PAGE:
This morning we are seeing showers moving away to the northeast as a frontal boundary buckles and a wave of low pressure begins to move to off the coast of Southern New England. Temperatures are in the 40s this morning and we will likely sit in the upper 40s and lower 50s today, depending on whether we get any breaks of sunshine developing this afternoon which is certainly possible. Going forward we can certainly say that there will be no weather related travel problems going into Wednesday which is the peak travel day before the Thanksgiving holiday. Weather in most of the United States looks relatively quiet.

Watching the satellite and radar loops this morning we see the showers thinning out on the western flank and they should be gone off the local radars shortly. We see some breaks in the cloud cover on the satellite loop to the west which bodes well for some breaks of sunshine developing this afternoon.

We don’t see any important changes in the outlook over the next 2 days. Bitter cold arctic air (for this time of year) is going to start arriving on Wednesday. Look for winds to increase as the day wears on and temperatures that will likely hover in the upper 30s and lower 40s and then gradually begin to drop later in the day. There could be a passing snow shower or two as the arctic front goes by. Then it’s down to teens to near 20 Thursday morning.

thanksgiving arctic cold

The big issue for the Macy’s Thanksgiving Day Parade is the wind for the big balloons. Winds will gust to 30 mph or more Thursday morning so this could be an issue. Also if you are going to the parade be prepared to endure temperatures in the low 20s and wind chills in the single digits. At least we will have sunshine and I suspect if you are home the kitchen will be the warmest room in the house.

thanksgiving arctic cold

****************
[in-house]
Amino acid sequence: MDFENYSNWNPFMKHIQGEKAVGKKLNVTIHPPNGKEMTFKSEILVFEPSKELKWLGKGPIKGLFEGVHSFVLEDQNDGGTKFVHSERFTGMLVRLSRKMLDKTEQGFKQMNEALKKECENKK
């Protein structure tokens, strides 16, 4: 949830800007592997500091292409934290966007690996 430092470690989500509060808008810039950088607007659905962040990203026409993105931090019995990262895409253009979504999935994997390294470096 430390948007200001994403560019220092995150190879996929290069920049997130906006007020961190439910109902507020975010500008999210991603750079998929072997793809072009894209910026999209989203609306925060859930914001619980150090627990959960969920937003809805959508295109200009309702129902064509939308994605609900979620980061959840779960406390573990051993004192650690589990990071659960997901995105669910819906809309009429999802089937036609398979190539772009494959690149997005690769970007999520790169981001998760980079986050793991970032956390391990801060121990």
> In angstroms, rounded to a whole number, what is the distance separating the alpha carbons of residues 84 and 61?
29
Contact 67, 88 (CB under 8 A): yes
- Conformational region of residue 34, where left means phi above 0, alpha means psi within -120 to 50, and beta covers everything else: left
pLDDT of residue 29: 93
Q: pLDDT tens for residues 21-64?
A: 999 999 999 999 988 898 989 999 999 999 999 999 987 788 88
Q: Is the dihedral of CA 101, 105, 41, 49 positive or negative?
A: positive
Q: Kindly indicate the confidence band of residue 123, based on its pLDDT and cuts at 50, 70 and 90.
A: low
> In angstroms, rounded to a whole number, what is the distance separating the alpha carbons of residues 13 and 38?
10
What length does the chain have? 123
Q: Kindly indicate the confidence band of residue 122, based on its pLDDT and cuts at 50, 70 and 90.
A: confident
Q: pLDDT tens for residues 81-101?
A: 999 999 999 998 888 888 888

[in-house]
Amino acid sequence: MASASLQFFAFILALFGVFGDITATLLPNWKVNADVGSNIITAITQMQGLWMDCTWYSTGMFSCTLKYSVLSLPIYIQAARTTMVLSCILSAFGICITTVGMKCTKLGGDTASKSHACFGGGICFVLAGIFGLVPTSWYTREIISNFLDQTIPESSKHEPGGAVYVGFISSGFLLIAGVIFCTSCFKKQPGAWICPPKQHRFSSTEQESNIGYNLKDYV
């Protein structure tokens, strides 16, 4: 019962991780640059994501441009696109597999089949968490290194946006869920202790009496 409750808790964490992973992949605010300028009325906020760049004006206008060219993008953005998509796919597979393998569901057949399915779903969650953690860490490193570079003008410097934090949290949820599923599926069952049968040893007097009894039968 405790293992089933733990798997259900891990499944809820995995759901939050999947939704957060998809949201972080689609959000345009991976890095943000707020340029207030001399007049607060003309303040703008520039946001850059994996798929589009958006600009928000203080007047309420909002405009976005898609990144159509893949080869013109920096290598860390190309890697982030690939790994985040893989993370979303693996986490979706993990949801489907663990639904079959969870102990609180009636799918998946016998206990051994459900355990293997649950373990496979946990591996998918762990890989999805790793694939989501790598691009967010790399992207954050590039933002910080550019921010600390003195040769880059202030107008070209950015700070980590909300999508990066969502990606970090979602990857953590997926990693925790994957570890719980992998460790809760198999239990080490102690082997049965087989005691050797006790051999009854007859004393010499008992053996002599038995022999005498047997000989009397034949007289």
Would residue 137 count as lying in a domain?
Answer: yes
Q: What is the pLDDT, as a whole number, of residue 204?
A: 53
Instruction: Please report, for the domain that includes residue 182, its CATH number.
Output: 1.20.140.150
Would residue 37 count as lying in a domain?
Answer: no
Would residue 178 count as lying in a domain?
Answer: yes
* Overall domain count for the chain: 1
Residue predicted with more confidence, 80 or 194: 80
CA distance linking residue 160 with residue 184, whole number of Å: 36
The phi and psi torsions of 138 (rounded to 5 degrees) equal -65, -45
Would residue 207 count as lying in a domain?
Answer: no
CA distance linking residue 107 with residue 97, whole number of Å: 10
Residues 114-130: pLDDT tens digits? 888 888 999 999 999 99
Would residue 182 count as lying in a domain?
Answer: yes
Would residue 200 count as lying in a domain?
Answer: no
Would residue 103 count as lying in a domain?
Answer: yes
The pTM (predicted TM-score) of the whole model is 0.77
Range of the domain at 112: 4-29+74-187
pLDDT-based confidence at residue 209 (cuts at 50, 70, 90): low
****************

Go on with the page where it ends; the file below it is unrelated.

Temperatures will drop into the teens and single digits at night and then start moderating back to the upper 30s and lower 40s on Friday with plenty of sunshine. The weekend will bring higher temperatures into the 40s Saturday and into the 40s on Sunday as a warm front approaches and low pressure develops to the south of us. Some showers are likely Saturday night into Sunday morning. There will be no cold air around for any frozen precipitation.

NEW YORK CITY AND VICINITY SNOW

https://www.weather.gov/images/okx/winter/StormTotalSnowWeb.png

 

NEW JERSEY & PARTS OF NE PA


https://www.weather.gov/images/phi/winter/StormTotalSnowWeb1.png

SOUTHERN AND SOUTHEAST NEW ENGLAND

http://https://www.weather.gov/images/box/winter/StormTotalSnowWeb1.png

NORTHERN NEW ENGLAND

https://www.weather.gov/images/car/wxmaps/CAR_Snow.png

WESTERN NEW ENGLAND
https://www.weather.gov/images/btv/winter/StormTotalSnowWeb.png

MIDDLE AND UPPER HUDSON VALLEY

https://www.weather.gov/images/aly/winter/StormTotalSnowWeb1.png

CENTRAL NEW YORK & NE PA

https://www.weather.gov/images/bgm/winter/StormTotalSnowWeb1.png

 

EASTERN SATELLITE

storm free

REGIONAL RADAR

storm free

LOCAL RADAR NEW YORK CITY

storm free

LOCAL RADAR PHILADELPHIA

storm free

 

MANY THANKS TO TROPICAL TIDBITS FOR THE USE OF MAPS

Please note that with regards to any tropical storms or hurricanes, should a storm be threatening, please consult your local National Weather Service office or your local government officials about what action you should be taking to protect life and property.